The Beaux Arts-style Carnegie Library opened in downtown Binghamton in 1904 and was home to the city’s library for 96 years. The building remained vacant from 2000-2016, falling into a state of disrepair. [Read more…] about SUNY Broome Culinary Center Wins Historic Preservation Award
On September 23rd, 1952, the Burnt Hills-Ballston Lake Rotary and the Burnt Hills-Ballston Lake Women’s Club met at a combined meeting to establish the Library Association which would spearhead fund raisers and begin the process of building a library from the bottom up.
Among other fundraising, the Library Association went door to door soliciting people to come to their homes for breakfast on a particular day — and the invited guests would then be charged for their breakfast. [Read more…] about Ballston Community Library: A Short History
The Margaret Reaney Memorial Library is a fixture in the Erie Canal-side community of St. Johnsville, Montgomery County, NY. The Library contains a museum which features a wide array of art in a very fine collection.
An outdoor sculpture display in the north garden is listed in the Library’s catalog as “Nude Female and Lion” by Roland Hinton Perry. The bronze was cast in 1898 by Jno. Williams, Inc. foundry which was located on West 26th Street in Manhattan. [Read more…] about St. Johnsville’s Lion in Love Sculpture: A Piece of the Waldorf-Astoria Hotel Upstate
Book purchases made through this link support New York Almanack’s mission to report new publications relevant to New York State.
A new children’s book, The Efficient, Inventive (Often Annoying) Melvil Dewey (Calkins Creek, 2020) by Alexis O’Neill and illustrated by Edwin Fotheringham, is a colorful biography about the creator and implementer of the Dewey Decimal Classification system, who had a significant and lasting impact in libraries but ended his career in disgrace for his racist and sexist views. [Read more…] about Melvil Dewey: Efficient, Inventive, Annoyingly Bigoted
These funds help libraries construct new buildings, create additions, update electrical wiring and computer technology, improve broadband infrastructure, meet energy efficiency standards, renovate facilities to provide full accessibility to library users with disabilities, and provide meeting spaces to accommodate community needs. [Read more…] about $34M in State Aid Awarded To Public Libraries for Construction, Renovations
State Librarian Bernard A. Margolis, 69, died early Saturday, April 14th, after an eight-year battle with acute myeloid leukemia. His wife of 45 years, Amanda Batey, and close friends were by his side.
Margolis, known as Bernie, began serving as New York State Librarian and Assistant Commissioner for Libraries in January 2009, following appointment by then Governor Eliot Spitzer. [Read more…] about NYS Librarian Bernie Margolis Has Passed
On November 19, 2016 at 2 pm, celebrate 25 years of the Grems-Doolittle Library and Archives at the Schenectady County Historical Society, 32 Washington Avenue.
Former Schenectady County Historical Society trustee Frank Taormina will give a presentation on the history of the library and there will be a selection of library and archival items showcasing 350 years of Schenectady’s history. Refreshments will also be served. [Read more…] about Schenectady Historical Library Celebrating 25 Years
This week on “The Historians” podcast Bob Cudmore and Dave Greene discuss two of Bob’s recent Daily Gazette columns. One is on the life of Monsignor William Browne, who founded Amsterdam’s St. Mary’s Hospital and the other is a history of the Amsterdam Free Library. You can listen to the podcast here. [Read more…] about Montgomery Co: St. Mary’s Hospital, Amsterdam Free Library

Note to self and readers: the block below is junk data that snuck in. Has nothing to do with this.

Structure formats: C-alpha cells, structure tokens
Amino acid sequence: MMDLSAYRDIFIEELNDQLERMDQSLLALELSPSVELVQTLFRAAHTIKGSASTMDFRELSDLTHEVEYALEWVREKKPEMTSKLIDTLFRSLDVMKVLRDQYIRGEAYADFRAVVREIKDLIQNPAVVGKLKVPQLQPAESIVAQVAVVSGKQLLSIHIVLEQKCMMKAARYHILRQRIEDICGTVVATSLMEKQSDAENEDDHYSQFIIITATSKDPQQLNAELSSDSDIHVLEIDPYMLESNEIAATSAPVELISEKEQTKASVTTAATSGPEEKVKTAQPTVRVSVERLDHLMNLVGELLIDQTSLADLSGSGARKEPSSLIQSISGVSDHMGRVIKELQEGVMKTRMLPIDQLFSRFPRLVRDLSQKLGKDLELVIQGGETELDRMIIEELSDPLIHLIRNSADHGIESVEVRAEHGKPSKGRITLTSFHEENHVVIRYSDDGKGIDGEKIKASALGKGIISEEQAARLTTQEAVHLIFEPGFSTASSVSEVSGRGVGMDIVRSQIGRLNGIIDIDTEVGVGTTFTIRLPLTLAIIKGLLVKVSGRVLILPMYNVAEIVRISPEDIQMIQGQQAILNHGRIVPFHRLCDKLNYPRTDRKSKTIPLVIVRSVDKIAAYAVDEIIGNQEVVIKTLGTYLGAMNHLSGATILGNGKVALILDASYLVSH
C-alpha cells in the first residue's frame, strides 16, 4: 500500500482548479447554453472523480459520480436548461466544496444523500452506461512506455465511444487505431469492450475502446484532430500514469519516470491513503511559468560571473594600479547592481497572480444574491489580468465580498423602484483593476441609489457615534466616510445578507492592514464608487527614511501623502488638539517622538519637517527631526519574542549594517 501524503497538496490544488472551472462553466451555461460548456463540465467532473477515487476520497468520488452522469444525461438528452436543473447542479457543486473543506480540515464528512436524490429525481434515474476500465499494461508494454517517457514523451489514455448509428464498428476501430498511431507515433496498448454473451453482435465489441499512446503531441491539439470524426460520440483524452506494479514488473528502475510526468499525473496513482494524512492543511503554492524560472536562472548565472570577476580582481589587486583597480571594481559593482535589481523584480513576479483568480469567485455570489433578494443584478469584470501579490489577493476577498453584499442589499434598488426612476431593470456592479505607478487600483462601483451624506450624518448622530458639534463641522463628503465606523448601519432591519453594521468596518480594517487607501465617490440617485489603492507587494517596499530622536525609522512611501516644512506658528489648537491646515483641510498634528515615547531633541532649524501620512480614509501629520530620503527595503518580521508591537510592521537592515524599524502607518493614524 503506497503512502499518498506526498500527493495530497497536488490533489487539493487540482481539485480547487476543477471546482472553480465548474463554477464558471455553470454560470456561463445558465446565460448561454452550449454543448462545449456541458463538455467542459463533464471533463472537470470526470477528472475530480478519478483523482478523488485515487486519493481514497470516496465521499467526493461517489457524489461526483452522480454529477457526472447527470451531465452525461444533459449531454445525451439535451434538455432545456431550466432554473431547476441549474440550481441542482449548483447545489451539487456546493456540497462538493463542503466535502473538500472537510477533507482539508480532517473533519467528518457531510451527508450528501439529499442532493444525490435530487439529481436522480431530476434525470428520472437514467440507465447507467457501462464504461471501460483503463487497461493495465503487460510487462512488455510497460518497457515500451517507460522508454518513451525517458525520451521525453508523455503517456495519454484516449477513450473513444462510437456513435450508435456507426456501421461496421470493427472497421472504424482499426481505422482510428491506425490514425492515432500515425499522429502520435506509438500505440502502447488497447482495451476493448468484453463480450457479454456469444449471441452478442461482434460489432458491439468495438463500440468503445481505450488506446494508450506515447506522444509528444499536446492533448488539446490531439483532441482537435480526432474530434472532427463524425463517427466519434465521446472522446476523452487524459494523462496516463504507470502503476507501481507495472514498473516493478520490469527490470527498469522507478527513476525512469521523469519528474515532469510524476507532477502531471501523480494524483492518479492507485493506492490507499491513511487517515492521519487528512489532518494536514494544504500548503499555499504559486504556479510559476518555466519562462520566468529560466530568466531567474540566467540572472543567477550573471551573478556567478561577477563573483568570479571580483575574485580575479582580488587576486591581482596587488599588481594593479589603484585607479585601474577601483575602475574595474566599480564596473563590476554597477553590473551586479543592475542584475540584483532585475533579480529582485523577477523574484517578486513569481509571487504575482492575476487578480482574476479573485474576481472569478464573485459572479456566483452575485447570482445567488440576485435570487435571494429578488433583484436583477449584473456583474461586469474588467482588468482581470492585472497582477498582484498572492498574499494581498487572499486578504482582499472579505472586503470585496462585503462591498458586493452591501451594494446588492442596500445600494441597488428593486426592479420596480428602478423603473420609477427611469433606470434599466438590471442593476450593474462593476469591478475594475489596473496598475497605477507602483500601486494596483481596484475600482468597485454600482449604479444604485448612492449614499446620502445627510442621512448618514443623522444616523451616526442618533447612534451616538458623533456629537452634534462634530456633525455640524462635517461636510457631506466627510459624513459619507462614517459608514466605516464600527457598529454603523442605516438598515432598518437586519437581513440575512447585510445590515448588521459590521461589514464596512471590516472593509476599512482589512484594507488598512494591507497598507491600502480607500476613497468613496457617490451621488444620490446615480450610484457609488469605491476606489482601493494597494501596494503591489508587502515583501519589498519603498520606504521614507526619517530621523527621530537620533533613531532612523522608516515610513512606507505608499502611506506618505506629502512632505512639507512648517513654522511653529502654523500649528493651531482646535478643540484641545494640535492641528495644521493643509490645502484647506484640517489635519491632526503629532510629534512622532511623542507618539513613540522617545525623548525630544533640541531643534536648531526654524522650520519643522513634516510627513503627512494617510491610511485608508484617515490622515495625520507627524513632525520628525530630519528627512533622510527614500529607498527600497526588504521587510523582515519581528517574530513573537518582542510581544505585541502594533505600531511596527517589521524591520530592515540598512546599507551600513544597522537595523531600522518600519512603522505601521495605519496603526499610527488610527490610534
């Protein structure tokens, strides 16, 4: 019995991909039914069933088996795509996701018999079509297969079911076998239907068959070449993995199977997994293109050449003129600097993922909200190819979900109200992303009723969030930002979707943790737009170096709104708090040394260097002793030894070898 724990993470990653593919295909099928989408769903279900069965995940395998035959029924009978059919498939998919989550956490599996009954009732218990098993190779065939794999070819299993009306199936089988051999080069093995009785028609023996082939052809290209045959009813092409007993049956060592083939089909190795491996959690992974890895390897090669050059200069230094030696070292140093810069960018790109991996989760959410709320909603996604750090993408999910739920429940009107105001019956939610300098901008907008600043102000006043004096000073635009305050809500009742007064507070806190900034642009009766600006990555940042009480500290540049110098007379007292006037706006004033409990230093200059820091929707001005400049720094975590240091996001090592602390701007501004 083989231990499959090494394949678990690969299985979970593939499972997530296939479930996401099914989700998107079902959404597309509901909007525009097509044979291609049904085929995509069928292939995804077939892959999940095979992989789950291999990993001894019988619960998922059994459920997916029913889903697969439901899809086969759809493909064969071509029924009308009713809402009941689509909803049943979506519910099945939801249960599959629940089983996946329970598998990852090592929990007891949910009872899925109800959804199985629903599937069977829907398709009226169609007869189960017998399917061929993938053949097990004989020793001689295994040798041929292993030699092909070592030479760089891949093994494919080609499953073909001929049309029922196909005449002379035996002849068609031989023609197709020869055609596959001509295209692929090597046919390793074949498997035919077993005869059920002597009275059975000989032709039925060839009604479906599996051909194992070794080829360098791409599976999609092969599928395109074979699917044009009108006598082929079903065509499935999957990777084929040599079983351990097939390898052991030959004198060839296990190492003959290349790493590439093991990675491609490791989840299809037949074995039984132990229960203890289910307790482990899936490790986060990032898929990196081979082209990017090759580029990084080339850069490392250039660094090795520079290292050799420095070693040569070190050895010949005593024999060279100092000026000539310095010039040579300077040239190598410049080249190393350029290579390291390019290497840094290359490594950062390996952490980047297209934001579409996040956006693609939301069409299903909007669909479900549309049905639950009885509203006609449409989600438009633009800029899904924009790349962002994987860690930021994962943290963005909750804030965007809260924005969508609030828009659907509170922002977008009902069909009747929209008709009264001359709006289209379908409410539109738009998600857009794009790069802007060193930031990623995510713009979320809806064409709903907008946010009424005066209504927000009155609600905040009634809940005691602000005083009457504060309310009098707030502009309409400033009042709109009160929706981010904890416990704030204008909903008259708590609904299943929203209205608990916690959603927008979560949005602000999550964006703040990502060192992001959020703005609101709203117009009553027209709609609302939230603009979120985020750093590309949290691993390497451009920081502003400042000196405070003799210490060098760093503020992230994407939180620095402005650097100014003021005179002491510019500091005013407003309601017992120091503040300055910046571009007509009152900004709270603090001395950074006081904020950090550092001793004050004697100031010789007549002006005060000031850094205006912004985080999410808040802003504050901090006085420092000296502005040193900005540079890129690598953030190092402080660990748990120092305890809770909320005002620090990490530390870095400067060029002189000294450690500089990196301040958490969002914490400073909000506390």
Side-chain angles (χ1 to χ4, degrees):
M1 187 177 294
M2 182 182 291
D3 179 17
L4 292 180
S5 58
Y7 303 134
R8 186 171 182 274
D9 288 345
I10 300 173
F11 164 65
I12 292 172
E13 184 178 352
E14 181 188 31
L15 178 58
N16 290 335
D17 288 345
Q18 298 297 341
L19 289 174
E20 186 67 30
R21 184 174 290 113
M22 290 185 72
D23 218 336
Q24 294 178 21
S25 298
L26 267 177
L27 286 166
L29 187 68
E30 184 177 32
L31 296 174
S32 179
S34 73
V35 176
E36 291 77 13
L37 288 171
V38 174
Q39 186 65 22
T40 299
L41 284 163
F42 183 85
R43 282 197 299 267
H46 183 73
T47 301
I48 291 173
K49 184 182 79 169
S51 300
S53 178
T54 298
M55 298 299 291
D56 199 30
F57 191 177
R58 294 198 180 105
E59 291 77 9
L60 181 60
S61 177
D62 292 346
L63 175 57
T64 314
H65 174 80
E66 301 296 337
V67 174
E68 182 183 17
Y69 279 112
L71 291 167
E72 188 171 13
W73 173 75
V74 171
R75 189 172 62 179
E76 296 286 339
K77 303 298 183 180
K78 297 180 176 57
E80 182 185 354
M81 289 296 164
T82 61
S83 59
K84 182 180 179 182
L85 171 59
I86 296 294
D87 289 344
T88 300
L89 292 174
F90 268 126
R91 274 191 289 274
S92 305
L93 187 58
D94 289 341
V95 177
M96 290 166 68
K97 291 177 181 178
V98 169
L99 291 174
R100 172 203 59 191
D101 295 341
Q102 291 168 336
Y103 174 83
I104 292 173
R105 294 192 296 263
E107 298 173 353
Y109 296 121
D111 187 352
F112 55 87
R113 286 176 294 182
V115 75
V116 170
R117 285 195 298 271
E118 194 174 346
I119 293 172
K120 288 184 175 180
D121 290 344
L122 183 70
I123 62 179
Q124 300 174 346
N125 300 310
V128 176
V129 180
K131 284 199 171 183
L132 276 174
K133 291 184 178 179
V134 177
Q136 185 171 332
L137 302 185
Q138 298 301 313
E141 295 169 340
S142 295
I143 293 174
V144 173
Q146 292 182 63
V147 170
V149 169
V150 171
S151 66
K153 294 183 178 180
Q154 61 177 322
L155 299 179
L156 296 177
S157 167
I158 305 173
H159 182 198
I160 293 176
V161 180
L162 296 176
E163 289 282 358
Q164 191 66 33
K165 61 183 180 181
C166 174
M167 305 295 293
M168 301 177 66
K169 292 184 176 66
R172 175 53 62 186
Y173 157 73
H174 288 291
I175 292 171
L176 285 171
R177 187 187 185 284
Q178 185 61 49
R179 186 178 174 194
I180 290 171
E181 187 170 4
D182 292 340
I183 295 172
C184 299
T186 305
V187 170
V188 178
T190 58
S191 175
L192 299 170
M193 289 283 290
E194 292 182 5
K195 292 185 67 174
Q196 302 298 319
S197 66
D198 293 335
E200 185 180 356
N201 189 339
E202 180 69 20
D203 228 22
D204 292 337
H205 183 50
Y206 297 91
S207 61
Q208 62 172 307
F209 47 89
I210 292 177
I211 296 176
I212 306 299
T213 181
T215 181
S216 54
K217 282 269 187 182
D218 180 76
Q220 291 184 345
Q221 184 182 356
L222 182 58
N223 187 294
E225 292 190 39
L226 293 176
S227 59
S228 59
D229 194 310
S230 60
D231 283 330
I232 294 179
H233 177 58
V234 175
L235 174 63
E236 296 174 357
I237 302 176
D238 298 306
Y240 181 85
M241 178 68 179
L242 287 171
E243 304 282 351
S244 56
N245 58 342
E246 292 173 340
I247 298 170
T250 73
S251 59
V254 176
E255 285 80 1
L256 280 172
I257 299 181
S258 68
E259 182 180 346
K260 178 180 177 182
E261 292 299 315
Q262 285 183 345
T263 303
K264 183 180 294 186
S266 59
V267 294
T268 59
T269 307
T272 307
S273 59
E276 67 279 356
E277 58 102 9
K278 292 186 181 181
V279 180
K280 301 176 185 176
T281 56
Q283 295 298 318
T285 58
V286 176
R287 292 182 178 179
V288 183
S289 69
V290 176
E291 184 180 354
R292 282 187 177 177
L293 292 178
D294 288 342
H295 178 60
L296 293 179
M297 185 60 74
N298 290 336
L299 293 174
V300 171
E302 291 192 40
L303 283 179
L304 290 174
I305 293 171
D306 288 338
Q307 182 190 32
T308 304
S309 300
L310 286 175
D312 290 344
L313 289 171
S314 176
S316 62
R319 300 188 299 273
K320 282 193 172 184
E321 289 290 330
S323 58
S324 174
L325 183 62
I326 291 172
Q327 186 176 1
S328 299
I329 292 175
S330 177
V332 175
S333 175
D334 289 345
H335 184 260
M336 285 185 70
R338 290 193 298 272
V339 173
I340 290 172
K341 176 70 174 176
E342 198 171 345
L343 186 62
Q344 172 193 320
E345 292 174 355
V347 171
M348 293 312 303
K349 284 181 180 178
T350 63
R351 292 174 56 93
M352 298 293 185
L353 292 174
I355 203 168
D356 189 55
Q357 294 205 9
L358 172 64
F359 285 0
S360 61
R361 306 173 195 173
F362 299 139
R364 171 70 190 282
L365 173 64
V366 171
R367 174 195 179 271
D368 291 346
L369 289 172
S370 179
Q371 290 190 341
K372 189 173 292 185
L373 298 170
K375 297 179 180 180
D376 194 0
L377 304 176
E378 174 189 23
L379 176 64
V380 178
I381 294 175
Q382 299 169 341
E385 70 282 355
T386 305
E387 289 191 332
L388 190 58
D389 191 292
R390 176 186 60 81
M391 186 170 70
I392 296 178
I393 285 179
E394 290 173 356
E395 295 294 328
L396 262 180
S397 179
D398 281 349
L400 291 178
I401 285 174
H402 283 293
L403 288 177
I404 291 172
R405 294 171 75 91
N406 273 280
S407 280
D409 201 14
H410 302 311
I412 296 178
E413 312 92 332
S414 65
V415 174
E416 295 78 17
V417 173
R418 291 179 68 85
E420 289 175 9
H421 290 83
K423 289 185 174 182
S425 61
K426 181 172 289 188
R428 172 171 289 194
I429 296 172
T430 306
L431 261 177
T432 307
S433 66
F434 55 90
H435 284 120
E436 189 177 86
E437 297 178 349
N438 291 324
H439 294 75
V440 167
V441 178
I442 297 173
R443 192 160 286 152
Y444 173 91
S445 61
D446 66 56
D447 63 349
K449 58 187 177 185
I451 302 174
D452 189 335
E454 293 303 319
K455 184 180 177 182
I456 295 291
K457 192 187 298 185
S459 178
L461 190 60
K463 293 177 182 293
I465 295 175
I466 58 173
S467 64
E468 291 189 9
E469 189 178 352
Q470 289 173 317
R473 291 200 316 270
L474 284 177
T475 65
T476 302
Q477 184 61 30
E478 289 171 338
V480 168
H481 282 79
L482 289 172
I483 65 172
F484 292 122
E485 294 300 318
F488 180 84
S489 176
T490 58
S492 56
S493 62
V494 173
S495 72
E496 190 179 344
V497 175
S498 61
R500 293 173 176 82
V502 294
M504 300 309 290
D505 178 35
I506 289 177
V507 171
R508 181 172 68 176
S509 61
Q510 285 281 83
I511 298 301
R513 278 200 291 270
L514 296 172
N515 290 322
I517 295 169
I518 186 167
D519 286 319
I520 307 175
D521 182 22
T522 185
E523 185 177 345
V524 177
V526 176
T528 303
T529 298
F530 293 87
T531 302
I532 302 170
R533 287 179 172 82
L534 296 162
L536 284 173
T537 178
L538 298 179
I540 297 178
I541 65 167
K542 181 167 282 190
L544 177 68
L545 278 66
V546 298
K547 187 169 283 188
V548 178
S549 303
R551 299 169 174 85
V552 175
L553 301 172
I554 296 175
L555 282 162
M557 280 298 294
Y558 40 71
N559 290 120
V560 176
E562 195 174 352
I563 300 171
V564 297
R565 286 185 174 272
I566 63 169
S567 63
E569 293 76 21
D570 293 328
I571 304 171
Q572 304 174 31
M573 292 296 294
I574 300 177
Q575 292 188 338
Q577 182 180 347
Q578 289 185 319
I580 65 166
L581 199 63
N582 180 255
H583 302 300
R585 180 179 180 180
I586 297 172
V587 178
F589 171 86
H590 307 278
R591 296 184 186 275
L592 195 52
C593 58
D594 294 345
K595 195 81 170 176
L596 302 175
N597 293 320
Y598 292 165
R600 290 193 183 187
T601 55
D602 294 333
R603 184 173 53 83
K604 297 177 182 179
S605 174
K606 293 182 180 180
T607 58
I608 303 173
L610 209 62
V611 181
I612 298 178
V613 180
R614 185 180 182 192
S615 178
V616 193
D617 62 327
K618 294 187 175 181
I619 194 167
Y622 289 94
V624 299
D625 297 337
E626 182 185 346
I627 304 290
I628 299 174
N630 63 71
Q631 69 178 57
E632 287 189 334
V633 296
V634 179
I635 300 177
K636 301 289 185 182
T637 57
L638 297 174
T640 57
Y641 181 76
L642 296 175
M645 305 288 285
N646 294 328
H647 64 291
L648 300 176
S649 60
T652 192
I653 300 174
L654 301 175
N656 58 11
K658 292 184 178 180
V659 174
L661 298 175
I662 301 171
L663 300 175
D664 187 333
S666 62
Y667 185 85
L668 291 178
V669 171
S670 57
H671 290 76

In mid-October, I marked my first anniversary as the “local history librarian” at the White Plains Public Library. Four years earlier, I was a library clerk at an urban public library trying to figure out how to make a job out of my seemingly varied interests. I liked direct service, helping people, but I also valued more solitary, research driven work. I knew Intellectual freedom and a progressive, supportive community were a necessary part of any job I might hold, but I did not want to obtain a PhD or set out on my own for the wilds of self-employment. I knew I loved education, but I didn’t want to be a teacher. So the world has another librarian.
Through a friend, I began working at Albany Public Library as a Library Clerk and found the public library united my passions for working with people and knowledge in a democratic, autonomous space. Librarians can be educators without being constricted by the bureaucracy that comes with teaching. Librarians can also be historians, but don’t have to work within the traditional academic or museum systems, where publishing requirements or institutional obligations can take up lots of time. Attracted as I am to intellectual autonomy and the propagation of alternative historical voices, working as a local history librarian looked like a perfect opportunity to see if I could manifest some of these values. [Read more…] about My First Year As A Local History Librarian
Hotels, bars, a lighthouse and a windmill are just some of the sites in New York State that have been declared Literary Landmarks by United for Libraries (formerly known as Friends of Libraries USA). The literary landmark program began in 1986 to encourage the dedication of historic literary sites.
The first literary landmark to be designated in New York was The Algonquin Hotel in 1996, home of the legendary Algonquin Roundtable There are currently 15 landmarks in New York State with two more planned in the near future. The Wilder Homestead in Malone, NY was made famous by Laura Ingalls Wilder in her book Farmer Boy will be dedicated this summer and The Robert Louis Stevenson Cottage in Saranac Lake , NY will receive its designation this fall. [Read more…] about Does Your Community Have A Literary Landmark?